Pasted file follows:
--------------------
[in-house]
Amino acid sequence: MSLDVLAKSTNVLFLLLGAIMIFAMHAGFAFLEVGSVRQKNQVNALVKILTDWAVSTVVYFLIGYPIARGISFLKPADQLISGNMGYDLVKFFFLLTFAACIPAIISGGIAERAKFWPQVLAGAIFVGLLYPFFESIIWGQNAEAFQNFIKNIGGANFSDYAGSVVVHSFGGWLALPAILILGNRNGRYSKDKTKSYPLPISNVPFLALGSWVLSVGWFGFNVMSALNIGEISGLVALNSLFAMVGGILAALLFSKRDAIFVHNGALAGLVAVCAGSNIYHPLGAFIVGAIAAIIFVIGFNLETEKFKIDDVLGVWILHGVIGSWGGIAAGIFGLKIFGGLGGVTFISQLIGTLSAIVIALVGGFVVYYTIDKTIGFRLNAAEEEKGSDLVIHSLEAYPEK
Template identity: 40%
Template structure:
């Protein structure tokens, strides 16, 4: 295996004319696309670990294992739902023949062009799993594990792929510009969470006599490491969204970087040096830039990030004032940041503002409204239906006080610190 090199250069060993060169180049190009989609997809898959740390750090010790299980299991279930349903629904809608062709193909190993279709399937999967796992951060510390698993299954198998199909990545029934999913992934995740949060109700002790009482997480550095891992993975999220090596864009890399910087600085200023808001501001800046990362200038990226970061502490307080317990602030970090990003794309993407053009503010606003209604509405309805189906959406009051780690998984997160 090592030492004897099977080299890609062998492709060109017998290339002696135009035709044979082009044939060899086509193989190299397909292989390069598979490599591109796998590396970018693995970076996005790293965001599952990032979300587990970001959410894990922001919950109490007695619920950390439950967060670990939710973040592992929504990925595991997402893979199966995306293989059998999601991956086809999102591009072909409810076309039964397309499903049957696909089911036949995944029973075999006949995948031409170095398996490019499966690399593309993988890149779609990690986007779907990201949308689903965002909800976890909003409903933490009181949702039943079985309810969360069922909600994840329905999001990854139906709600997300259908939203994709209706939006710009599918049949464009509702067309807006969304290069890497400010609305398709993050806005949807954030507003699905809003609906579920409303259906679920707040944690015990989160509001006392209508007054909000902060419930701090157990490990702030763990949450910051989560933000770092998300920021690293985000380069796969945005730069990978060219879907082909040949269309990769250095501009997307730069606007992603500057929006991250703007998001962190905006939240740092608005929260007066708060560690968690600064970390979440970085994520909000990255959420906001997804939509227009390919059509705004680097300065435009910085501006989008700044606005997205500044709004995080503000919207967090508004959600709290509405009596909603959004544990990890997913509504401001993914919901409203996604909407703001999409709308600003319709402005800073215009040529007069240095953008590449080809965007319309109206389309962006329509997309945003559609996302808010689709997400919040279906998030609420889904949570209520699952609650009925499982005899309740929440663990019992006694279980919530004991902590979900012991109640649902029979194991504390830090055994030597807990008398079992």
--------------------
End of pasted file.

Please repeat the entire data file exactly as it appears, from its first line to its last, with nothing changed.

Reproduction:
[in-house]
Amino acid sequence: MSLDVLAKSTNVLFLLLGAIMIFAMHAGFAFLEVGSVRQKNQVNALVKILTDWAVSTVVYFLIGYPIARGISFLKPADQLISGNMGYDLVKFFFLLTFAACIPAIISGGIAERAKFWPQVLAGAIFVGLLYPFFESIIWGQNAEAFQNFIKNIGGANFSDYAGSVVVHSFGGWLALPAILILGNRNGRYSKDKTKSYPLPISNVPFLALGSWVLSVGWFGFNVMSALNIGEISGLVALNSLFAMVGGILAALLFSKRDAIFVHNGALAGLVAVCAGSNIYHPLGAFIVGAIAAIIFVIGFNLETEKFKIDDVLGVWILHGVIGSWGGIAAGIFGLKIFGGLGGVTFISQLIGTLSAIVIALVGGFVVYYTIDKTIGFRLNAAEEEKGSDLVIHSLEAYPEK
Template identity: 40%
Template structure:
């Protein structure tokens, strides 16, 4: 295996004319696309670990294992739902023949062009799993594990792929510009969470006599490491969204970087040096830039990030004032940041503002409204239906006080610190 090199250069060993060169180049190009989609997809898959740390750090010790299980299991279930349903629904809608062709193909190993279709399937999967796992951060510390698993299954198998199909990545029934999913992934995740949060109700002790009482997480550095891992993975999220090596864009890399910087600085200023808001501001800046990362200038990226970061502490307080317990602030970090990003794309993407053009503010606003209604509405309805189906959406009051780690998984997160 090592030492004897099977080299890609062998492709060109017998290339002696135009035709044979082009044939060899086509193989190299397909292989390069598979490599591109796998590396970018693995970076996005790293965001599952990032979300587990970001959410894990922001919950109490007695619920950390439950967060670990939710973040592992929504990925595991997402893979199966995306293989059998999601991956086809999102591009072909409810076309039964397309499903049957696909089911036949995944029973075999006949995948031409170095398996490019499966690399593309993988890149779609990690986007779907990201949308689903965002909800976890909003409903933490009181949702039943079985309810969360069922909600994840329905999001990854139906709600997300259908939203994709209706939006710009599918049949464009509702067309807006969304290069890497400010609305398709993050806005949807954030507003699905809003609906579920409303259906679920707040944690015990989160509001006392209508007054909000902060419930701090157990490990702030763990949450910051989560933000770092998300920021690293985000380069796969945005730069990978060219879907082909040949269309990769250095501009997307730069606007992603500057929006991250703007998001962190905006939240740092608005929260007066708060560690968690600064970390979440970085994520909000990255959420906001997804939509227009390919059509705004680097300065435009910085501006989008700044606005997205500044709004995080503000919207967090508004959600709290509405009596909603959004544990990890997913509504401001993914919901409203996604909407703001999409709308600003319709402005800073215009040529007069240095953008590449080809965007319309109206389309962006329509997309945003559609996302808010689709997400919040279906998030609420889904949570209520699952609650009925499982005899309740929440663990019992006694279980919530004991902590979900012991109640649902029979194991504390830090055994030597807990008398079992």